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Photo Credit: Jon Deshler

Mohammad Islam
Chateau Marmont
8221 W. Sunset Blvd.
Los Angeles, CA 90046
(323) 656-1010

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Antoinette Bruno: Why did you start cooking? What or who inspired you to become a chef?
Mohammad Islam: I have always had an interest in food, which later grew into a passion. I came to the realization that this is what I wanted to do everyday, believing that it would give me the fulfillment that I was seeking.

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Mohammad Islam

Mohammad Islam became interested in the culinary world through a passion for cheese and wine. Islam is a late-in-life career changer, leaving computer engineering for fine-dining after a long soul-searching fishing trip in Montana.

Islam has developed his career in the kitchens of numerous restaurants, which includes positions in award-winning restaurants such as The Dining Room at The Ritz Carlton in Chicago, where he worked closely with Sarah Stegner, a James Beard Best Chef award winner.

Islam was also the executive sous chef at the famed Mercer Kitchen in New York City, working extensively as part of the senior team with world-renowned four-star chef Jean-Georges Vongerichten. Islam also held a brief stint at Jean-Georges’ flagship restaurant, Jean Georges.

Aside from his mastery of the kitchen, Islam enjoys hiking, mountain climbing and skiing. He currently resides in West Hollywood with his wife and newborn son.

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Interview Cont'd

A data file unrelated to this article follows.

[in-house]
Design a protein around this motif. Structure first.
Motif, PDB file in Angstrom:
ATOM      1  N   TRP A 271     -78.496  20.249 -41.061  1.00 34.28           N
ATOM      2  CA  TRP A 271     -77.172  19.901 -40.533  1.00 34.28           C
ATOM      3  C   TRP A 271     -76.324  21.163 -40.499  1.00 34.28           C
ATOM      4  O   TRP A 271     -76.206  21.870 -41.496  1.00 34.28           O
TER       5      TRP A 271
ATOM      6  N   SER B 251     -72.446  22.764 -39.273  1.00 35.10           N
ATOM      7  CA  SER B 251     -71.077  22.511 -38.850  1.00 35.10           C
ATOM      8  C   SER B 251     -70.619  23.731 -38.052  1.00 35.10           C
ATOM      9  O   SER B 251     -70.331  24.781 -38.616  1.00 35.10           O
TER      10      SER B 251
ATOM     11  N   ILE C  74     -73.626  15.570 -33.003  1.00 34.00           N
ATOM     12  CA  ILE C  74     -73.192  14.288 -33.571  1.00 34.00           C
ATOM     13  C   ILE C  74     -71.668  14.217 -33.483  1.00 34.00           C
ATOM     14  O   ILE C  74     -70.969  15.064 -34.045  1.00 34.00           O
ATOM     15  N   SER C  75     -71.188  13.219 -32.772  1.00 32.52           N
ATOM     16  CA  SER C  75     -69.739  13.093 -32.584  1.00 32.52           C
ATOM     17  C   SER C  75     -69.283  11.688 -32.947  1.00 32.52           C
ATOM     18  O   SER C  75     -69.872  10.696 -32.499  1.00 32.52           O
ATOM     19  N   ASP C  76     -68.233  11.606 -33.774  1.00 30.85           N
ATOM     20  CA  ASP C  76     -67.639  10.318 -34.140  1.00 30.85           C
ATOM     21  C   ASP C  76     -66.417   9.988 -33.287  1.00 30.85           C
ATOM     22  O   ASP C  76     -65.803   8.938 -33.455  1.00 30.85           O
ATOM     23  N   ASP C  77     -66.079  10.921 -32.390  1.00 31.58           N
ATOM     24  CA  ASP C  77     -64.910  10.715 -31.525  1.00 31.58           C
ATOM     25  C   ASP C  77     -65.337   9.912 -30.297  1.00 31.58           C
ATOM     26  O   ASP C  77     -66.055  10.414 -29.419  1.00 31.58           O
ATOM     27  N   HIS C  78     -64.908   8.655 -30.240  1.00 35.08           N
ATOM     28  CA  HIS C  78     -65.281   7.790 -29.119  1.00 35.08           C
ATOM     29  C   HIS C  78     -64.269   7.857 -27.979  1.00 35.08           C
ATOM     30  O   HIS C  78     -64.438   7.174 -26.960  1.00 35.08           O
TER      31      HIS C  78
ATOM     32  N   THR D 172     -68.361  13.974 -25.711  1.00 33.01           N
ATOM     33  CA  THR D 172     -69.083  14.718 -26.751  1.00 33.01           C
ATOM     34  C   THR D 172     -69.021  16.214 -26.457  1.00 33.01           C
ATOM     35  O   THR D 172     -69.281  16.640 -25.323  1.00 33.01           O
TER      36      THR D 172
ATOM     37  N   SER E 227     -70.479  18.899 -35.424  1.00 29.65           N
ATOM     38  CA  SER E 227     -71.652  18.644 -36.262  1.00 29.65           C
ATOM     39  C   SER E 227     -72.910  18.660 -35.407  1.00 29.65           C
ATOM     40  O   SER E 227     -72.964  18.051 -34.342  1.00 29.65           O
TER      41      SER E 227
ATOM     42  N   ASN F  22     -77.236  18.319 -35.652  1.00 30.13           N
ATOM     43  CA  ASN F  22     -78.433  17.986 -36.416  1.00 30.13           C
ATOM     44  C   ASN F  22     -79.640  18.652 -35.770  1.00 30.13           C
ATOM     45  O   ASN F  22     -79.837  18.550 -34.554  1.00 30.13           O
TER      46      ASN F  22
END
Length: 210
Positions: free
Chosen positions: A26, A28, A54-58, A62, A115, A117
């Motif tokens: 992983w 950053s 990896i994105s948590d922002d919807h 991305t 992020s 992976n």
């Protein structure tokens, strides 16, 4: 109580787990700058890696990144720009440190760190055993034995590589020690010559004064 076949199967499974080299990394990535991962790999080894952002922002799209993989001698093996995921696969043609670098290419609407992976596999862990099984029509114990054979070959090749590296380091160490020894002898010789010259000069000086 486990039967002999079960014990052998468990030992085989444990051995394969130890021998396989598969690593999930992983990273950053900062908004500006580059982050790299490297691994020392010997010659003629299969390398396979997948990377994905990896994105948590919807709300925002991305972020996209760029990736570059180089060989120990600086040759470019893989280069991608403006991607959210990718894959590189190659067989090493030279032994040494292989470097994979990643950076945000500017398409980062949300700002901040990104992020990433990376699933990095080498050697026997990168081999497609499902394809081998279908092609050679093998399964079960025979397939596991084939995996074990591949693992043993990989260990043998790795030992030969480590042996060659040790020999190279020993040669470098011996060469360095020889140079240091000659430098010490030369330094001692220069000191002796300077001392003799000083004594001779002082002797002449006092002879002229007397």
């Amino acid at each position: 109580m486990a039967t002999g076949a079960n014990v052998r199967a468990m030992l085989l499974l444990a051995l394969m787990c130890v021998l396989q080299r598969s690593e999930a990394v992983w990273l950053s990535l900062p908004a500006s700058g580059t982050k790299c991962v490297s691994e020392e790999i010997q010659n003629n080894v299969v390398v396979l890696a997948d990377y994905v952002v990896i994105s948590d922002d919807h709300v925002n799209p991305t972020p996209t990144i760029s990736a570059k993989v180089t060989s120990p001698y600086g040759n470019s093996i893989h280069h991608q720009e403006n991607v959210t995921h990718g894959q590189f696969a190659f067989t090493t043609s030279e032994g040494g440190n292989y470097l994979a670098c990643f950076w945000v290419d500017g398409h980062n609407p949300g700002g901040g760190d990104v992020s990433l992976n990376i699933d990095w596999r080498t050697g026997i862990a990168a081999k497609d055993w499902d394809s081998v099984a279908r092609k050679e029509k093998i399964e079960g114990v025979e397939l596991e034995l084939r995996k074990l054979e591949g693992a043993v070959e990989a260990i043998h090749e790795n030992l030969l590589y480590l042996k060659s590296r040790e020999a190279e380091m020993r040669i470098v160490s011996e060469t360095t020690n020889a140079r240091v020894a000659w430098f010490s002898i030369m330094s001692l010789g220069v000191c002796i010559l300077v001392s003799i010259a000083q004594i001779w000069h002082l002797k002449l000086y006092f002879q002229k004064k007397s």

AB: Did you attend culinary school? Would you recommend culinary school to aspiring chefs today? Do you only hire chefs with culinary school backgrounds?
MI: I was older and didn't have the financial means for schooling. I would recommend school to aspiring chefs because it helps to build the basics. But I hire any person with ambition and passion.

AB: Who are your mentors? What are some of the most important things you’ve learned from them?
MI: Gabino Sotelino of Ambria in Chicago who helped to direct my ambition. Sarah Stegner of Ritz-Carlton, Chicago, taught me the importance of discipline. Jean-Georges helped to bloom my creativity and imagination.

AB: What is your philosophy on food and dining?
MI: There are no shortcuts. Everything I cook is made from scratch. I believe in using the best products that I can find including local, organic and seasonal produce.

AB: Are there any secret ingredients that you especially like?
MI: Chinese dry beans. I use them in braising and for depth of flavor and complexity. I also use fresh tamarind to add a hint of sourness to dishes.

AB: What is your most indispensable kitchen tool?
MI: A mortar and pestle - because I like to be able to control the texture and coarseness, as well as keeping flavors fresh and vibrant.

AB: What is your favorite question to ask during an interview for a potential new line cook?
MI: Do you like this profession or love it?

AB: What tips would you offer young chefs just getting started?
MI: Discipline and concentration. That is what I see lacking in most young people today.

AB: What are your favorite cookbooks?
MI: Earlier Charlie Trotter cookbooks. Georges Blanc's Simple French Cooking, Alice Waters' Chez Panisse books , The River Café cookbook.

AB: What cities do you like for culinary travel?
MI: Any foreign place I am lucky enough to visit. I am always interested in trying something new and learning new techniques.

AB: What are your favorite restaurants – off the beaten path – in Los Angeles?
MI: Royal Star and Yuca taco stand.

AB: Where do you see yourself in 5 to 10 years?
MI: Continuing to create good food with a strong following. Pursuing and continuing my passion.

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   Published: May 2006